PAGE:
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Ann Pharmacother. 1997 Nov;31(11):1370-7.

Muromonab-CD3 and antithymocyte globulin in renal transplantation.

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Department of Pharmacy Practice and Ambulatory Care, College of Pharmacy, University of Illinois, Chicago, USA.



To review the recently published medical literature for the practical and efficient use of muromonab-CD3 (OKT-3) and antithymocyte globulin (ATG) in renal transplantation.


MEDLINE and EMBASE were searched (1985-February 1996). Key words used were antithymocyte globulin (ATG, Atgam), muromonab-CD3 (OKT-3, Orthoclone), and kidney transplantation. Thereafter, the search was restricted to English-language articles, clinical trials, and human studies.


The search was reviewed for articles of interest, and pertinent references from these articles were further reviewed to supplement the initial search. The review focused on antibody therapy as induction and/or rejection therapy in renal transplantation.


Although ATG and OKT-3 are effective in delaying and reducing the occurrence of acute rejection, their impact on long-term graft survival has not been established. Improved graft survival has, however, been demonstrated in patients at high risk for rejection. These risks are described in the review. As first-line or steroid-resistant rejection therapy, ATG and OKT-3 have proven efficacious. Some studies have shown improved graft survival with OKT-3. Although serious infections may occur, OKT-3 has been shown to be effective in reversing rejections resistant to both steroids and ATG. Therefore, reserving OKT-3 for steroid- or ATG-resistant rejections may be preferred over the first-line use of OKT-3, which is limited by the development of antimurine antibodies with subsequent uses. However, the benefits of first-line antibody therapy may outweigh the risks of developing these antibodies in patients for whom high-dose steroids may not be the most appropriate treatment. Other factors that need to be considered are adverse effects, which appear to be lower with ATG, cost, and total hospital charges. The accuracy of treatment outcomes analysis among these studies is limited by variations in the immunosuppressive regimens of the study centers, doses of concomitant therapies, use of prophylactic antibiotics, and time to follow-up.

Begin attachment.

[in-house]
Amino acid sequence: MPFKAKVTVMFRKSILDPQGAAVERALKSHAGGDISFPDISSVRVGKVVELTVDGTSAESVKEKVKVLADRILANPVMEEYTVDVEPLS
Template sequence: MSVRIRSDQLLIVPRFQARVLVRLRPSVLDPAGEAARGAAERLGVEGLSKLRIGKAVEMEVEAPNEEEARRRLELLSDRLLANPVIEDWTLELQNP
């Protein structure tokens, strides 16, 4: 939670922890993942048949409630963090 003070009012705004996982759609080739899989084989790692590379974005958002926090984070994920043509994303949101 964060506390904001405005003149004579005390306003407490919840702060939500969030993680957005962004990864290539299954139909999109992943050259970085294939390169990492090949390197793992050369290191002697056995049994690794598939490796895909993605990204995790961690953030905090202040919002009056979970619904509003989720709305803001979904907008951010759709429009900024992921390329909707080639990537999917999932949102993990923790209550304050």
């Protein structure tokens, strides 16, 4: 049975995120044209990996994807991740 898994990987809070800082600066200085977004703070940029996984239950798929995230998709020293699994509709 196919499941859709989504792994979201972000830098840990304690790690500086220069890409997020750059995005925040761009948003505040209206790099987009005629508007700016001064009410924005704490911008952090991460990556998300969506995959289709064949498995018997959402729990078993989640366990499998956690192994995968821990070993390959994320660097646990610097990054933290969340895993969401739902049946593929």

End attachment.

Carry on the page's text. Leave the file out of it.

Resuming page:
While important benefits are realized from using antibody therapies in renal transplantation, their use is often associated with excess immunosuppression and increased treatment costs. Despite encouraging results from published trials, questions regarding the extent of their prophylactic use and impact on long-term outcomes need to be answered. The current literature contains no prospective, controlled, randomized comparisons of OKT-3 and ATG with standardized regimens of conventional immunosuppressive agents and antirejection protocols. The majority of studies use OKT-3 as part of the treatment protocol. Well-designed studies using ATG are lacking. Further research is needed to refine treatment protocols for ATG and OKT-3 to determine the optimal timing and dosing for these agents.

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